Survey: 2.9% Increase in Iowa Farmland Values

Iowa farmland values have risen nearly 3% on average since September and are 5% higher than a year ago, based on the most recent statewide survey by the Iowa Chapter of the Realtor’s Land Institute.

The RLI conducts the survey every six months, in early September and early March. Participants are real estate professionals specializing in farmland sales.

Statewide, the average value of cropland rose by 2.9% between September 2017 and March 2018. Combining this increase with the 2% rise reported for the six months prior to September indicates a statewide average increase of 4.9% from March 1, 2017, to March 1, 2018.

Learn More
[Back to Top]

The Farm CPA: Section 199A "Fix" - Winners and Losers

The "fix" for the "grain glitch" that we have previously posted on several times is now part of the budget bill that should be passed by the end of this week. Since we are now fairly certain as to what the final 199A law will be, I thought it would be good to go over the winners and losers of 199A (in its final form).

First, for all non-corporate farmers, there are no losers compared to the old law in effect before 2018. In almost all cases, your deduction under Section 199A will be greater than any deduction that you got under Section 199 DPAD. At a minimum, you will get an 11% deduction for dealing with a cooperative. This is the worst case and it is still larger than the old 9% which was then limited to 50% of wages paid. Under the old law, if you had no wages paid, you got no deduction (other than any DPAD from a cooperative). Under the new law, you get a minimum of 11% (up to the threshold amount).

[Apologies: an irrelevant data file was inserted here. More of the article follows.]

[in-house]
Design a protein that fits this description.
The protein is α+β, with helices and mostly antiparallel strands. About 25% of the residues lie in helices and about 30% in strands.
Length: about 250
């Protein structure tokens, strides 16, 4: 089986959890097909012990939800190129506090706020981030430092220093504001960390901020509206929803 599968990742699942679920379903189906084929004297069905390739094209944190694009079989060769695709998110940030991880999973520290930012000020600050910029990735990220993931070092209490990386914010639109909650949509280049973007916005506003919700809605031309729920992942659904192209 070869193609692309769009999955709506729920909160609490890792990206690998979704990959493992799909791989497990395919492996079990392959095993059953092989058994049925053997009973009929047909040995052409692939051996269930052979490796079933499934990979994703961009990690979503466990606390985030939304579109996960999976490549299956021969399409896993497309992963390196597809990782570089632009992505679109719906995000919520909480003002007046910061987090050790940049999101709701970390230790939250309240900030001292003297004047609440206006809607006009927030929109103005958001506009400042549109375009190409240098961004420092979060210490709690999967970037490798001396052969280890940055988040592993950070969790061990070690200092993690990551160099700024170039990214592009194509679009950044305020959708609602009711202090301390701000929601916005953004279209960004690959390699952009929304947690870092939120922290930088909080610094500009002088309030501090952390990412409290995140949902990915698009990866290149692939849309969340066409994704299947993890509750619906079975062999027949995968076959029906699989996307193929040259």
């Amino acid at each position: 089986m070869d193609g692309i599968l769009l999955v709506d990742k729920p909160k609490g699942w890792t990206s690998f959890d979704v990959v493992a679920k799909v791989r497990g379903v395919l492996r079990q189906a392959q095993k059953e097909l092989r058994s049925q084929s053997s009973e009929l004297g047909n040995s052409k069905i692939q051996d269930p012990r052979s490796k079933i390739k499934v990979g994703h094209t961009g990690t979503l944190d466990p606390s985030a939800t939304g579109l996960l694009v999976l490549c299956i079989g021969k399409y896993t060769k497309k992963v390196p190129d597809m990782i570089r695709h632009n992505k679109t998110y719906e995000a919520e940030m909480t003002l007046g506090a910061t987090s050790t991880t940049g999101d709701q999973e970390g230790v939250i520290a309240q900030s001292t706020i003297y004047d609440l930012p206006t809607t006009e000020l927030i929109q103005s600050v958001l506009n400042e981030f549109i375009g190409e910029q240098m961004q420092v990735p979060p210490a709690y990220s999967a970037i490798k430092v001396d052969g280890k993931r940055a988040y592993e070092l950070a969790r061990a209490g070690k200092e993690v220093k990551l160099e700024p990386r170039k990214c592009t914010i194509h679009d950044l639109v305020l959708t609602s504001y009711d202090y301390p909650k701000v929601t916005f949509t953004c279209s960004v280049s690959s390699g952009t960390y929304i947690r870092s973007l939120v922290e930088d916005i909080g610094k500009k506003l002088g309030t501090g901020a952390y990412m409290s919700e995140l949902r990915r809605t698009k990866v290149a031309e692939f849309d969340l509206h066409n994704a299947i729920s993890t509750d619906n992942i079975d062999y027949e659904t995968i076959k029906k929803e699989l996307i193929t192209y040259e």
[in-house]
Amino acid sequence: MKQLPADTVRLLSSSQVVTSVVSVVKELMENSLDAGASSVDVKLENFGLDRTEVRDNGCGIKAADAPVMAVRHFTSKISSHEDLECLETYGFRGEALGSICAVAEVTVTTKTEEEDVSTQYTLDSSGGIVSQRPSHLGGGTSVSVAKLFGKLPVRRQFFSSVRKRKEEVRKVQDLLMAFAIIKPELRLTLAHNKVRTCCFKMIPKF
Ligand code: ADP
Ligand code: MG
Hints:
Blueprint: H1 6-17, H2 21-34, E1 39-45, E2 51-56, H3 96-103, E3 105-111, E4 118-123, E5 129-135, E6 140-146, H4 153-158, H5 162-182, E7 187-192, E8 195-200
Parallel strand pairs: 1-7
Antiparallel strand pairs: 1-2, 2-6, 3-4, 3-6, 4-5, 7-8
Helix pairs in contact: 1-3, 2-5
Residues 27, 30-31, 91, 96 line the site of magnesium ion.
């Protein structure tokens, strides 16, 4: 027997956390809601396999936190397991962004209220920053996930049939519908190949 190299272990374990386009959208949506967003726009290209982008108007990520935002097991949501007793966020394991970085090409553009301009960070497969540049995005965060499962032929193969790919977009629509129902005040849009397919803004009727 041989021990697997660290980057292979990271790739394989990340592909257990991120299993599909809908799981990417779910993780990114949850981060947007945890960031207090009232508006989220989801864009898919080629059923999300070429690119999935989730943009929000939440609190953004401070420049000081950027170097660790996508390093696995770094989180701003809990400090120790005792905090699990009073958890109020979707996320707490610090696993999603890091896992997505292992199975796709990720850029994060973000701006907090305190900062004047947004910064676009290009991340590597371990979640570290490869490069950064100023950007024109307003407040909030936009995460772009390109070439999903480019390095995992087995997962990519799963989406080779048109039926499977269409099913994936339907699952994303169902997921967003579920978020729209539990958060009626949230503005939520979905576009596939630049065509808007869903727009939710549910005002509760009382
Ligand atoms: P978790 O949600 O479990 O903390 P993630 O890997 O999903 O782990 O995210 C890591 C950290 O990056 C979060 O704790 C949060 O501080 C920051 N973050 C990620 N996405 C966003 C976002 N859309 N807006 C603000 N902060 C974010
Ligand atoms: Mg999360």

Now you will likely notice I started the last paragraph with non-corporate farmers. Therefore, it must mean that the losers may include C corporation farmers. The answer is yes and no. C Corporations will not be entitled to any Section 199A deduction. However, in return, these entities saw their top tax rate drop from 35% to a flat 21%. Therefore, they already received a 40% tax reduction. The only reason for giving any Section 199A benefit to non-corporate taxpayers was to level the playing field with this lower corporate tax rate. Congress was not interested in maintaining the Section 199 deduction for any taxpayers. Calling the deduction 199A simply added confusion for taxpayers in assuming it had something to do with old Section 199. We do know that many farm corporations will see a 40% tax increase from 15% to 21% and not receive any Section 199A deduction. These taxpayers are the biggest loser.

Read More
[Back to Top]

More Water Shortages on Tap in Desert Southwest?

The Southwest could experience another water shortage from the Colorado River as drought conditions continue.

That message from Dr. Paul Brown, biometeorology specialist with the University Arizona Department of Soil, Water and Environmental Science, includes about half the normal spring inflows into Lake Powell, on the Arizona-Utah border.

Brown’s message at the Southwest Agricultural Summit blames a warm, dry winter across much of the Desert Southwest and a below-average snowpack throughout much of the West for his outlook of possible water cutbacks as drought continues.

Learn More
[Back to Top]

Survey Finds Illinois Farmland Prices Stabilizing

BLOOMINGTON, Ill. — After three consecutive years of decline, farmland sale prices in Illinois remained relatively flat in 2017.

Results of an extensive statewide survey by the Illinois Society of Professional Farm Managers and Rural Appraisers were released March 22 at the Land Values Conference.

“The news is there isn’t much new regarding land values,” said David Klein of Soy Capital Ag Services and overall chair of the land values project.

Read More
[Back to Top]

Political Foreplay or Farm Bill Grist?

Legislation supporting agriculture and conservation is easy to “put wheels on,” but often lacks horsepower, traction and fuel. That may currently be the case with the 2018 Farm Bill. And as Congress faces major federal revenue shortfalls, “show me the money” will still be the real bottom line.